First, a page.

Thursday, March 29, 2007

An all seeing-eye? I think not...

A few of Malaysia’s more outspoken bloggers and columnists have attacked the Eye on Malaysia, saying there are better ways to spend money. I’ll reserve comment. All I can say is, you would think something called the “Eye on Anything” would offer a widespread, all-inclusive view.

If I had lived my whole life without ever visiting the Eye, I would have been happy. I suppose I could appear kiam siap to some people, but I just like to know that every cent I spend is going to a worthy cause. What constitutes worthy? With me, it’s complex. RM10 for a ticket to just any ol’ movie for mindless entertainment’s sake: fail. RM10 for an ice-cream cone and coloured gel pen to cheer myself up on a bad day: pass. And so on. I’m sure not everyone would agree, but they’re not living my life, so there. So, RM15 is not something I’d usually spend on a Ferris wheel ride, because I’ve never understood the attraction of Ferris wheels. And being nonconforming me, I’m resistant to hype, publicity and everything that hordes of other people are doing.

But I’ve recently begun attending a college zone cell group again, and someone wanted to go there, and that someone happens to be the one who drives most of us to cell.

Now that I’ve gone, all I can say is that the name is really misleading. There is so much more to Malaysia than the KL city centre and the surrounds of Tasik Titiwangsa. So much that you do not see at the Eye. What things, you ask? Why, things like...

... the indescribably yummy banana pancakes from Penang. The ones that are liberally sprinkled with sesame seeds, fried in Planta, and are probably your heart’s worst nightmare... but bliss on the taste buds.

... the beggars you see in larger Malaysian cities, who just about break your heart with their disfigured bodies and raggedy clothing... then raise your suspicions with their Starbucks collection cups.

... the still remarkably clear waters off Sabah, where exotic fish (including nasty little ones that bite, but don’t draw blood) live.

... the views you get driving on the PLUS highway on a clear day (when you can see foreeeeeeeeeeeverrrrrr... sorry). All that blue and green can just about blind you with its beauty. Just add one Brahmini kite out on his daily hunt, and... bliss.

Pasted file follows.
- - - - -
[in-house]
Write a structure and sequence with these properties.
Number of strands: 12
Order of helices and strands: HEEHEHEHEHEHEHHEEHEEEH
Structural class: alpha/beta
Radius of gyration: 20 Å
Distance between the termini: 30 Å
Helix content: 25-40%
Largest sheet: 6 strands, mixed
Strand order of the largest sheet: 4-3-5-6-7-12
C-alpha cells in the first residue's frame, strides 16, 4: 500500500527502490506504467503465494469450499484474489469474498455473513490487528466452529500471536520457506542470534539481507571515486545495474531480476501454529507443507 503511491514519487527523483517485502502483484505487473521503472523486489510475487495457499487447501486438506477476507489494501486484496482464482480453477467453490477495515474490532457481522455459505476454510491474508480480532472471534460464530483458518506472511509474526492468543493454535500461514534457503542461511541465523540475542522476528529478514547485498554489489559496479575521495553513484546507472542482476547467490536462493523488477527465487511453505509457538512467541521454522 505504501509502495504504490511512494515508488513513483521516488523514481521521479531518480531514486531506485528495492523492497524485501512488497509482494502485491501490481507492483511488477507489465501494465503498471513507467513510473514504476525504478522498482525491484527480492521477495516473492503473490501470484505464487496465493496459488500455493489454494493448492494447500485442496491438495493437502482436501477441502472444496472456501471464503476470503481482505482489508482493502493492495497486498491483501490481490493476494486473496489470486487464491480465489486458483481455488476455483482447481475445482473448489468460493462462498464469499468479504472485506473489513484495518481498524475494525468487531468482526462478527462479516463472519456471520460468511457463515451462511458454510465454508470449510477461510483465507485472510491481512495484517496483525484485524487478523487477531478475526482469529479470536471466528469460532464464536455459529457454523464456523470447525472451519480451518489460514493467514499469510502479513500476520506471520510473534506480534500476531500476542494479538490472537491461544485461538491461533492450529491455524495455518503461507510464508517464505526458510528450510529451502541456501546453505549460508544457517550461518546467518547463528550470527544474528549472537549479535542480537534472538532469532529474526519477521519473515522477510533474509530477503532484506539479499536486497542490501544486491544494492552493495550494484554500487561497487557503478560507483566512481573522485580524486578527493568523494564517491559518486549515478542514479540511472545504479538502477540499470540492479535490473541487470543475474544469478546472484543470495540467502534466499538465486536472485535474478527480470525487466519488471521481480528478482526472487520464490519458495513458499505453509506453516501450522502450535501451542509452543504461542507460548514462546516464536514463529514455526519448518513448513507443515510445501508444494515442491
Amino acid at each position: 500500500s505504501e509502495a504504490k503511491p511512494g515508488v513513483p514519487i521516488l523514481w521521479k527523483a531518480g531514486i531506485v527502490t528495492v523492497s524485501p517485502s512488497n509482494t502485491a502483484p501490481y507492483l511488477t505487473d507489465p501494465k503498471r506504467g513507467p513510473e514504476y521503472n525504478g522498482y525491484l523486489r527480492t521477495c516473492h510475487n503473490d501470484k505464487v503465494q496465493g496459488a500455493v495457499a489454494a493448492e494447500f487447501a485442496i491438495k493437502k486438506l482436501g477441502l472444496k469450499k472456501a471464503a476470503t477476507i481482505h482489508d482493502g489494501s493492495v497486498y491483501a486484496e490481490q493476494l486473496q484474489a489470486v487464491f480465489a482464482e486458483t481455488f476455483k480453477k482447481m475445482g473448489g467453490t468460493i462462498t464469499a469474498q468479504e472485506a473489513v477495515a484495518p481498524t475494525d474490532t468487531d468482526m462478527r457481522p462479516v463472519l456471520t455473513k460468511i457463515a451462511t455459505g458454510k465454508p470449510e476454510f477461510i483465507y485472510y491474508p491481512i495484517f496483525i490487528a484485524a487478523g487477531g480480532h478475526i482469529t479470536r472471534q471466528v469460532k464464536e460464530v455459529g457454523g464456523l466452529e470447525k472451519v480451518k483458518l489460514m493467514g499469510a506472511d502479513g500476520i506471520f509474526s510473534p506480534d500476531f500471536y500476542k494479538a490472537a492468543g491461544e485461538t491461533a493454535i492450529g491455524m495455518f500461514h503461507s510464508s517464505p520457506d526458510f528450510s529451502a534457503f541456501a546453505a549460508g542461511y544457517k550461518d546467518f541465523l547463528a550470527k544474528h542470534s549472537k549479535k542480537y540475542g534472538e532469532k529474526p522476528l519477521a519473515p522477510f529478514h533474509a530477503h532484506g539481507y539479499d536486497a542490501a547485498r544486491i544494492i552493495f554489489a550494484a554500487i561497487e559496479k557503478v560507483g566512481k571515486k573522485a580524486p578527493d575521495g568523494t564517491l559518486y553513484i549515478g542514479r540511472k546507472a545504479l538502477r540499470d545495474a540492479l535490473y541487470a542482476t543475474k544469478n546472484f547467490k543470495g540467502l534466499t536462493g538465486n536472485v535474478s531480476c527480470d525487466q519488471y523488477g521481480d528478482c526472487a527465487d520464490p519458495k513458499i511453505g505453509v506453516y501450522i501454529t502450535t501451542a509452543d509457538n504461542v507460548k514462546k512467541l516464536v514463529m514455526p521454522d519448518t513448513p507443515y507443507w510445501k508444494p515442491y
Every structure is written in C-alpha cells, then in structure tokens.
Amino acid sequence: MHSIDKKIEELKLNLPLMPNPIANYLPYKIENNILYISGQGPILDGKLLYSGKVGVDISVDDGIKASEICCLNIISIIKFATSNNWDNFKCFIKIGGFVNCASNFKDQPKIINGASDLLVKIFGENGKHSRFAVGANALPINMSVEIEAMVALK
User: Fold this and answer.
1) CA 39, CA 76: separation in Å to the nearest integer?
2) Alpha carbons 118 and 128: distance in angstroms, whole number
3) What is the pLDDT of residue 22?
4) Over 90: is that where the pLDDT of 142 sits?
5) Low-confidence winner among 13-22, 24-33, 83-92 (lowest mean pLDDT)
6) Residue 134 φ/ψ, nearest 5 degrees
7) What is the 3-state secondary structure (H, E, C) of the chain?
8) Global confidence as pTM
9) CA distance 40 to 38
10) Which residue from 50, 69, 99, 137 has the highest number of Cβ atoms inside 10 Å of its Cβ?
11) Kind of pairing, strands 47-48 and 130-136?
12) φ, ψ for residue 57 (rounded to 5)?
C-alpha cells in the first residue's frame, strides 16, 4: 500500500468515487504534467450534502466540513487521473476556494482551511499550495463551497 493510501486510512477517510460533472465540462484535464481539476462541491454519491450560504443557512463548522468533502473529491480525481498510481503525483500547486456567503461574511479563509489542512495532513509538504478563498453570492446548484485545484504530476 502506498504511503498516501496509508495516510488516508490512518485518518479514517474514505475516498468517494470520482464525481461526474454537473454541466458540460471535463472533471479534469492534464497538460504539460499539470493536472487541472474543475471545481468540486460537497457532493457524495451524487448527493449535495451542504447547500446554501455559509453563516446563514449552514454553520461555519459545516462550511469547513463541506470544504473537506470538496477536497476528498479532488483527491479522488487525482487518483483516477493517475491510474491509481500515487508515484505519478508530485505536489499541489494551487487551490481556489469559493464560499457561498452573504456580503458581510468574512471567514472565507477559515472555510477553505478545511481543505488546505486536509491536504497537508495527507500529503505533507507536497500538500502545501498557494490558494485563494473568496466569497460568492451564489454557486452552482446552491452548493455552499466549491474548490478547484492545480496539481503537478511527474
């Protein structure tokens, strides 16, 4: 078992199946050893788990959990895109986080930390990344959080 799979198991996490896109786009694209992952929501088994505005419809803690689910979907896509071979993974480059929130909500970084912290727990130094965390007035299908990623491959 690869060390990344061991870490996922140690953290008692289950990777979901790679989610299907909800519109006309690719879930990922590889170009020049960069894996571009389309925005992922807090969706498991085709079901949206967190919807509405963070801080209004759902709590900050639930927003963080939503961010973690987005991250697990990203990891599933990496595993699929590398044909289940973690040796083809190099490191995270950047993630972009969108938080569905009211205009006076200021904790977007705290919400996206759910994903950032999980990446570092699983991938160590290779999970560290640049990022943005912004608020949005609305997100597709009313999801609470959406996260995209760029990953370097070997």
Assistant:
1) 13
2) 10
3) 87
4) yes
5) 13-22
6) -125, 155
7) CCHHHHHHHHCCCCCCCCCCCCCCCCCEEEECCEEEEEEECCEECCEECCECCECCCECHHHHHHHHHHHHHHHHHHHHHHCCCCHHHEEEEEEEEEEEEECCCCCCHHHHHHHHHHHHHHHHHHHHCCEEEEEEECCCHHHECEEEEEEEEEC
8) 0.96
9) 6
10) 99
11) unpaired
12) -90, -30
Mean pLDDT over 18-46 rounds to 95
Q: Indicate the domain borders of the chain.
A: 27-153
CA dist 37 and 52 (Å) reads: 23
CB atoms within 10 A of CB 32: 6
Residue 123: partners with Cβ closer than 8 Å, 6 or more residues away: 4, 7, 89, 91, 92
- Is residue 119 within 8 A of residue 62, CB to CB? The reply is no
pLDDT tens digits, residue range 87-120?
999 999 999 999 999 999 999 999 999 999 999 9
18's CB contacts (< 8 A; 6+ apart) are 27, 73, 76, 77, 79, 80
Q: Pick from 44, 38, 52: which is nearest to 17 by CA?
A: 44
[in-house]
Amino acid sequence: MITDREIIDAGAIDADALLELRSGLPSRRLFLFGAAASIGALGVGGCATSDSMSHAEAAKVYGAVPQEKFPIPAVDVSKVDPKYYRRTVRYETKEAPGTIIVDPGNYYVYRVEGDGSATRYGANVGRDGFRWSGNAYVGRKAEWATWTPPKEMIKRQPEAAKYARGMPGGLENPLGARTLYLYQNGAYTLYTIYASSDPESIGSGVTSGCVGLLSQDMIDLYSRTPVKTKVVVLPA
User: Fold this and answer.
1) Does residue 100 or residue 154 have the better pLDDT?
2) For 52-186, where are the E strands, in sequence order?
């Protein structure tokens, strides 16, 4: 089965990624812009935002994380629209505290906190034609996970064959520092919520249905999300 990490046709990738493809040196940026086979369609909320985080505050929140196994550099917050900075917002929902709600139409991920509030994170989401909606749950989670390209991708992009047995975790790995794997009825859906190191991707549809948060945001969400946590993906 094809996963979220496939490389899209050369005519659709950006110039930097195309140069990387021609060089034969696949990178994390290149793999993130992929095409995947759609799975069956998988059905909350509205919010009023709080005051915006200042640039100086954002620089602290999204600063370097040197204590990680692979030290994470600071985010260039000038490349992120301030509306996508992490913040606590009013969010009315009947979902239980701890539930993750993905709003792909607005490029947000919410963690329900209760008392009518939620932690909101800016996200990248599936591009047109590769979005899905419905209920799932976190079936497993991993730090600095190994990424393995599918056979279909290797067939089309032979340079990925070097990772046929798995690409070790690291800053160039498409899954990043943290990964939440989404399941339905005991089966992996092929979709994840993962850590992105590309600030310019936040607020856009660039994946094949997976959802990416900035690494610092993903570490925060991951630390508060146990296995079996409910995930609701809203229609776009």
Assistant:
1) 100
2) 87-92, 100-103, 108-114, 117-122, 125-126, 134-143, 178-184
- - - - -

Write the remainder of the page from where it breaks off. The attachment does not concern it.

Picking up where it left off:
... the visual and tactile beauty that is only found in Nyonya beadwork. One pair of finely crafted shoes takes up to 50 (wo)man hours to sew... and that’s before it’s even made up into a shoe.

There is so much more to this country than what you see from 60m above Tasik Titiwangsa. Beautiful things; ugly things. That contrast is what makes the fabric of a nation, the warp and the weft. Frustrations aside, all things considered, I love this country. But what did I see as the wheel went round and round? The affluence of the nearby homes. The glaring brightness of the Twin Towers. And the slow-moving traffic of downtown KL. If this Eye gives some people the only view they will ever have of Malaysia, I’m sorry for them indeed.

Friday, March 09, 2007

That was Zen, this is Tao

Disclaimer: This post is not intended to put down anyone; if by any chance the people in question see it, they will have no doubt who they are and should know that I'm stating the facts.

I've been hesitant to post about this incident because I don't want my motives to be misread, but I realise that 1) it's not likely that anyone actually reads this blog anyway; and 2) people can interpret anything their way, but as long as I know why I write and my conscience is fine with it, let it fly.

A few months ago, I was asked to choreograph a dance for a church event. This I did, gathering the dancers I needed and rehearsing independently with them because the leader who'd asked me to do the job was buried over her head in other work.

Twice before the performance, she came to view the choreography, and both times she gushed approval. The second time was five days before.

Three days before the performance, she blew into the hall like a very small, but very strong, hurricane and snapped that things had to be changed because the dance was "too Zen".

How she had managed to drastically change her mind in two nights, I still don't quite understand. The bottom line is, we managed to change the choreography to something she would accept, and in the end the dance was one of the least of her worries because there was a power failure on the day of that event.


My question is...